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Pride

Pride
Pride is, depending upon context, either a high sense of the worth of one’s self and one’s own or a pleasure taken in the contemplation of these things. One definition of pride in the first sense comes from Augustine: "the love of one’s own excellence." [1] In this sense, the opposite of pride is humility. Pride is sometimes viewed as excessive or as a vice, sometimes as proper or as a virtue. While some philosophies such as Aristotle’s consider pride a profound virtue, most world religions consider it a sin. The Roman Catholic Church lists pride as the most deadly of the seven deadly sins. According to the Concise Oxford Dictionary, proud comes from late Old English prut, probably from Old French prud "brave, valiant" (11th century) (which became preux in French), from late Latin term prodis "useful", which is compared with the Latin prodesse "be of use".[2] The sense of "having a high opinion of oneself", not in French, may reflect the Anglo-Saxons’ opinion of the Norman knights who called themselves "proud", like the French knights preux. When viewed as a virtue, pride in one’s appearance and abilities is known as virtuous pride, greatness of soul or magnanimity, but when viewed as a vice it is often termed vanity or vainglory. Pride can also manifest itself as a high opinion of one’s nation (national pride) and ethnicity (ethnic pride). In Christianity, pride (Latin, superbia) is seen as the excessive love of one’s own worth usually by attempting to remove oneself from subjection to God or valid authorities.[3] A scriptural reference to pride can be found in the Psalms: "In his pride the wicked does not seek Him; in all his thoughts there is no room for God." (Psalm 10:4). Pride is sometimes referred to as the greatest of the seven deadly sins. To that effect, Saint Thomas Aquinas wrote that "inordinate self-love is the cause of every sin." This sentiment was also expressed by Pope Gregory I.[4][5] Curiously Aquinas, who viewed pride as sinful "excessive self love", nevertheless endorsed the possibility of a virtuous kind of pride when he translated Aristotle’s virtuous pride (Greek: megalopsuchia) as magninimitas, which in latin means "greatness of soul"; yet Aquinas believed that the greatness that magnanimitas required was beyond the reach of almost all men and that, like pride, it opposed the Christian virtue of humility.[6] In Islam, pride is forbidden as well. According to a narration from Muhammad, he said: "He in whose heart there is as much as an atom of arrogance will not enter paradise," and a man remarked: "A man likes his garment to be beautiful and his sandals to be beautiful." Then Muhammad replied: "God, Most High, is beautiful and likes beauty; arrogance is disdaining what is true and despising people." (Sahih Muslim). In Buddhism, pride is seen as illogical as no one person or thing can be better or worse than something or someone else. In Hinduism, Ravana, an evil king who was killed by Rama, avatar of Vishnu, exhibited the sins of pride and lust.. In Taoism, according to the Tao Te Ching, pride and greed are human errors. ozer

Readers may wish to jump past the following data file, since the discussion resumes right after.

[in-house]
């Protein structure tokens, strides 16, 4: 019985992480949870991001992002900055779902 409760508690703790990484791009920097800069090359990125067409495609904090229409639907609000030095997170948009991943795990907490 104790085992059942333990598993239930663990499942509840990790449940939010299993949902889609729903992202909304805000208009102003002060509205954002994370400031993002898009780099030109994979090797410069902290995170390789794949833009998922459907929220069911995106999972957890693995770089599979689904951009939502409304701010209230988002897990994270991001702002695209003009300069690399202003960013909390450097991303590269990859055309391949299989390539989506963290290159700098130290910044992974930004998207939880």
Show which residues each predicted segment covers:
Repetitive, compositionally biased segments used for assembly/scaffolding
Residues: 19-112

Religious views
Judaism, using pride in the sense of hubris or arrogance, denounces it - the phrase "Pride goes before a fall" is a paraphrase of a passage from the book of Proverbs, in the Old Testament. Many more verses of the Tanakh/Old Testament speak of pride and arrogance. "Blessed is that man that makes the Lord his trust, and looks not to the proud, nor to those that turn aside to lies." (Psalm 40:4) "Talk no more exceeding proudly, nor let arrogancy come out of your mouth: for the Lord is a God of knowledge, and by him actions are weighed." (I Sam. 2:3)

Philosophical views
Ancient Greek philosophy
Aristotle identified pride (megalopsuchia, variously translated as proper pride, greatness of soul and magnanimity[7]) as the